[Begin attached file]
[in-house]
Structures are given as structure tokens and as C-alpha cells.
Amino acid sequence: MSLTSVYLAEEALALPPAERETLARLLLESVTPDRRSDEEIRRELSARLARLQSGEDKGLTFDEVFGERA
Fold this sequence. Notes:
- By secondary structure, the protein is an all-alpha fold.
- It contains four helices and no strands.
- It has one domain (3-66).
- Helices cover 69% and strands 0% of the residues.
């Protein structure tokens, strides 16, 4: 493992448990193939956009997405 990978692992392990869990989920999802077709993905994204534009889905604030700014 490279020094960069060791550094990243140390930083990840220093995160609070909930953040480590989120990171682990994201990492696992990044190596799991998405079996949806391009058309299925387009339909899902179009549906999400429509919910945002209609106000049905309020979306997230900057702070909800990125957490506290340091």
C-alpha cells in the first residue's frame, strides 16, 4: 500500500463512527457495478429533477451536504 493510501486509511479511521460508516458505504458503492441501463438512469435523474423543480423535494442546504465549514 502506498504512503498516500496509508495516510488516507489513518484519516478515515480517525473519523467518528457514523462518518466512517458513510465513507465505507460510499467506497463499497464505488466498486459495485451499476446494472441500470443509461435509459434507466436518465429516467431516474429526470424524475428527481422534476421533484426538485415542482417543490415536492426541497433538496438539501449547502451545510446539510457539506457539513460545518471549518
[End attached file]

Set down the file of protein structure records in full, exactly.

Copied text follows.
[in-house]
Structures are given as structure tokens and as C-alpha cells.
Amino acid sequence: MSLTSVYLAEEALALPPAERETLARLLLESVTPDRRSDEEIRRELSARLARLQSGEDKGLTFDEVFGERA
Fold this sequence. Notes:
- By secondary structure, the protein is an all-alpha fold.
- It contains four helices and no strands.
- It has one domain (3-66).
- Helices cover 69% and strands 0% of the residues.
């Protein structure tokens, strides 16, 4: 493992448990193939956009997405 990978692992392990869990989920999802077709993905994204534009889905604030700014 490279020094960069060791550094990243140390930083990840220093995160609070909930953040480590989120990171682990994201990492696992990044190596799991998405079996949806391009058309299925387009339909899902179009549906999400429509919910945002209609106000049905309020979306997230900057702070909800990125957490506290340091």
C-alpha cells in the first residue's frame, strides 16, 4: 500500500463512527457495478429533477451536504 493510501486509511479511521460508516458505504458503492441501463438512469435523474423543480423535494442546504465549514 502506498504512503498516500496509508495516510488516507489513518484519516478515515480517525473519523467518528457514523462518518466512517458513510465513507465505507460510499467506497463499497464505488466498486459495485451499476446494472441500470443509461435509459434507466436518465429516467431516474429526470424524475428527481422534476421533484426538485415542482417543490415536492426541497433538496438539501449547502451545510446539510457539506457539513460545518471549518